News Transmission, Distribution & Infrastructure

“Whether we wish or not the EHV has to reach its point i.e. near to the consumer”

Mr. M.S. Rao – Senior Vice President, Head – Mumbai Transmission, Reliance Infrastructure Ltd.

On the sidelines of Cabwire conference held in November, 2011 we interacted with Mr. M.S. Rao, Senior Vice President, Head – Mumbai Transmission, Reliance Infrastructure Limited on the present situation of Indian Transmission & Distribution (T&D), its challenges, role of EHV cables etc. Excerpts

Wire & Cable India: In the context of Indian T&D throw some light on its present situation and where it is heading?

M.S. Rao: Compared to the earlier period, a lot many things are happening, both at the Central and State level. However, a more systematic approach towards planning and execution at the government level would be required. Talking about Distribution specifically, we are all aware and concerned about the financial ill-health of the SEBs. Revival of the SEBs would be critical for the overall working of an efficient power sector. Just as the Distribution side demands immediate attention, adequate emphasis must be laid on the Transmission sector, particularly in the State domain.

WCI: The distribution sector is not considered as self sustaining right now. Kindly highlight the challenges for this sector?

MSR: A key contributor for this alarming situation of many Discoms is the avoidance of the tariff hike due to social and political issues. For the smooth functioning of the Discoms, it is essential that the tariff appropriately covers the cost of power supply incurred by them. Though the impact of such hikes would be felt in the initial years, gradually after efficiency is built up in the SEBs, there would be a softening of the impact. There has to be definite political will towards it alongwith changes in the working style of the Discoms. Though steps have been taken in the sector for improvements, they need to come up more quickly and across the country. The recent ATE order for timely issue of the ARR by the Regulators for the Discoms is a welcome change. We have to look at the developed countries/matured Discoms and adopt the same processes in our workings in order to bring down the cost and other aspects related to it. Besides, the government has to support the Discoms to minimize T&D losses, control power theft and improvise the processes. Doing so requires a lot of commitment.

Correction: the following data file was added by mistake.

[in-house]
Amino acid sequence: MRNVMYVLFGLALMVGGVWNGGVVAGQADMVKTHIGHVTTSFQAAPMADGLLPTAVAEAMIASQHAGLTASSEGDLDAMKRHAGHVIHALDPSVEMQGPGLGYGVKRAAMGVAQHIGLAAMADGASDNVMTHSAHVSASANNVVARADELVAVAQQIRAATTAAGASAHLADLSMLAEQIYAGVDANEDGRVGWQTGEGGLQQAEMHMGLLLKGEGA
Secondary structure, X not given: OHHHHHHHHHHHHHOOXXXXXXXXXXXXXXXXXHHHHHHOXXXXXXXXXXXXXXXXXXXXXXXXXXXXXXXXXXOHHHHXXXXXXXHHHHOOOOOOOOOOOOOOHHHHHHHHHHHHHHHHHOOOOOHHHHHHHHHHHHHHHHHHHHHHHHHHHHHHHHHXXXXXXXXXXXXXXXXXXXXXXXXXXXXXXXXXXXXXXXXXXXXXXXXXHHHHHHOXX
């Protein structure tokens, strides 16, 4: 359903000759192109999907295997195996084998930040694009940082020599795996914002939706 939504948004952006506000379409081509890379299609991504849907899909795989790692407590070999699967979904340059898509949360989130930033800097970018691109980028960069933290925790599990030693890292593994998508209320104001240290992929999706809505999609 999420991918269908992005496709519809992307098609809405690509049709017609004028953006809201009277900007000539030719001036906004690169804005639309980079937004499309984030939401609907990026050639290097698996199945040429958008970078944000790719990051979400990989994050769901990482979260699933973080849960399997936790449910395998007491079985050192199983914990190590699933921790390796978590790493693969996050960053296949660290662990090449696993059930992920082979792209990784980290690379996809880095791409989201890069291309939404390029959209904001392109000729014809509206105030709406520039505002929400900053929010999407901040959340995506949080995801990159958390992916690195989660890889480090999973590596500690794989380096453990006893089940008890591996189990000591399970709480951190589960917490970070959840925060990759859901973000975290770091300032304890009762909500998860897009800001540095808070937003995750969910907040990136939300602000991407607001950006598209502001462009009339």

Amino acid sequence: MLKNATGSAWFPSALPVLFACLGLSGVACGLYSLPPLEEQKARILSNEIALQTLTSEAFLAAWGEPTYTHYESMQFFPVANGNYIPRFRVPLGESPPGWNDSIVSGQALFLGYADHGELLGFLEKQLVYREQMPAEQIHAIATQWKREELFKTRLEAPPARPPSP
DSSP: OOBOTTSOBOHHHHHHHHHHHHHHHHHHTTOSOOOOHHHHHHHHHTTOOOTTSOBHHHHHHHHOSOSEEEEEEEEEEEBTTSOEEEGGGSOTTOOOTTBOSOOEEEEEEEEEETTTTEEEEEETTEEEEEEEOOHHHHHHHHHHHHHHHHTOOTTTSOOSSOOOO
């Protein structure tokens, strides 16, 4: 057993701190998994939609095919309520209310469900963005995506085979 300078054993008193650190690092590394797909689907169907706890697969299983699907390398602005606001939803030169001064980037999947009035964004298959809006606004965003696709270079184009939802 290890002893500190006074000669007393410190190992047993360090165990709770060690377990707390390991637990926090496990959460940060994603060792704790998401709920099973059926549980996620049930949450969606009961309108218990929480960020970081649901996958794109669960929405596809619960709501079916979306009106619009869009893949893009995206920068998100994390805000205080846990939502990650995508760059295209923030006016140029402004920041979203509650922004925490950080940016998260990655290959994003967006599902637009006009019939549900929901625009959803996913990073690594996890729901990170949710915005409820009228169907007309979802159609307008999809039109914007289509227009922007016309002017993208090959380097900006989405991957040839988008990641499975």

WCI: What are the trends that you foresee in the T&D sector?

MSR: It may come as a surprise to many, but I am seeing that in the next couple of years we are likely to have a downslide in both the sectors. This is because it is now coming out clearly that a majority of the Discoms will not be able to mobilize the financial resources as earlier envisaged. Most banks are reviewing their exposure to the power sector, limiting the funding to this sector. In such condition, eventuality the distributors would find themselves in a difficult situation to tie up with the generators for procuring power. So, if once the financial flow does not happen from the distribution utilities to generators and to the transmission utilities, then I think in the coming couple of years a bigger turmoil happening and this has to be addressed very quickly. Hope that the efforts of the Planning Commission in reviving the Discoms would take shape to show good and quick results.

WCI: What role EHV cables will play in T&D?

MSR: With the changing lifestyle, the demand of the power is going to increase, particularly in urban areas. The EHV infrastructure needs to be such that it has to reach points nearer to the consumer. In such a scenario, EHV cables are going to be a technical compulsion in the coming years. This is primarily because with the population explosion in the cities, you do not have the option to erect the overhead lines and still you need to bring bulk power from outside to the city. This will require the use of EHV cables with technology such as XLPE which are well proven in usage.

However from a utility perspective, the worrying factor is that the EHV cables pose technical challenges such as MVAR requirements and also protection requirements. The protection philosophy has to be much different from what it was done for long overhead lines. The restoration time required incase of breakdown / damage would also be higher due to the difficulty in carrying out excavation work during specific periods such as the monsoon or carrying them out in the middle of the roads with high traffic. So, there are going to be different set of challenges for us to tackle in the near future.